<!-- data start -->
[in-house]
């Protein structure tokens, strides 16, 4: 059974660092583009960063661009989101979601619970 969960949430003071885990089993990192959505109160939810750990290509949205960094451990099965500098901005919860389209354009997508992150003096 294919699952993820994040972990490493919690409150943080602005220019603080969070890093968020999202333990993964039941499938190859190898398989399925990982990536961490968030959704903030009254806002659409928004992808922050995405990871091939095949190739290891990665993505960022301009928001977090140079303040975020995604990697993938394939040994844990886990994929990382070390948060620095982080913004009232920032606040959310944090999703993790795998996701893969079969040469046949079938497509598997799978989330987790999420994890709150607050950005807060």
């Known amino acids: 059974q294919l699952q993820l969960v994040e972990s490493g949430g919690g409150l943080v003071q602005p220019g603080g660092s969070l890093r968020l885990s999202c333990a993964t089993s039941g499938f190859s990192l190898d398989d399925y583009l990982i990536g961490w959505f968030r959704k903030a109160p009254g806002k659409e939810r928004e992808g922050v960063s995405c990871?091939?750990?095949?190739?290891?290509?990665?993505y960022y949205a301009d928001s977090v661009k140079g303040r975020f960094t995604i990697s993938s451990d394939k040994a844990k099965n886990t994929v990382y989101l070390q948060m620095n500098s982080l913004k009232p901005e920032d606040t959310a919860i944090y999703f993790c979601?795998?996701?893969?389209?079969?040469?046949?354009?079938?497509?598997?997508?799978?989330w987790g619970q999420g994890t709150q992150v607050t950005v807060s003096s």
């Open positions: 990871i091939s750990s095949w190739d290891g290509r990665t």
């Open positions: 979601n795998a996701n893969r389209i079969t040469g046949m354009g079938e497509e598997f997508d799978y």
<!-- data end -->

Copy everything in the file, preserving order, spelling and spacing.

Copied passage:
[in-house]
């Protein structure tokens, strides 16, 4: 059974660092583009960063661009989101979601619970 969960949430003071885990089993990192959505109160939810750990290509949205960094451990099965500098901005919860389209354009997508992150003096 294919699952993820994040972990490493919690409150943080602005220019603080969070890093968020999202333990993964039941499938190859190898398989399925990982990536961490968030959704903030009254806002659409928004992808922050995405990871091939095949190739290891990665993505960022301009928001977090140079303040975020995604990697993938394939040994844990886990994929990382070390948060620095982080913004009232920032606040959310944090999703993790795998996701893969079969040469046949079938497509598997799978989330987790999420994890709150607050950005807060």
């Known amino acids: 059974q294919l699952q993820l969960v994040e972990s490493g949430g919690g409150l943080v003071q602005p220019g603080g660092s969070l890093r968020l885990s999202c333990a993964t089993s039941g499938f190859s990192l190898d398989d399925y583009l990982i990536g961490w959505f968030r959704k903030a109160p009254g806002k659409e939810r928004e992808g922050v960063s995405c990871?091939?750990?095949?190739?290891?290509?990665?993505y960022y949205a301009d928001s977090v661009k140079g303040r975020f960094t995604i990697s993938s451990d394939k040994a844990k099965n886990t994929v990382y989101l070390q948060m620095n500098s982080l913004k009232p901005e920032d606040t959310a919860i944090y999703f993790c979601?795998?996701?893969?389209?079969?040469?046949?354009?079938?497509?598997?997508?799978?989330w987790g619970q999420g994890t709150q992150v607050t950005v807060s003096s």
């Open positions: 990871i091939s750990s095949w190739d290891g290509r990665t």
């Open positions: 979601n795998a996701n893969r389209i079969t040469g046949m354009g079938e497509e598997f997508d799978y």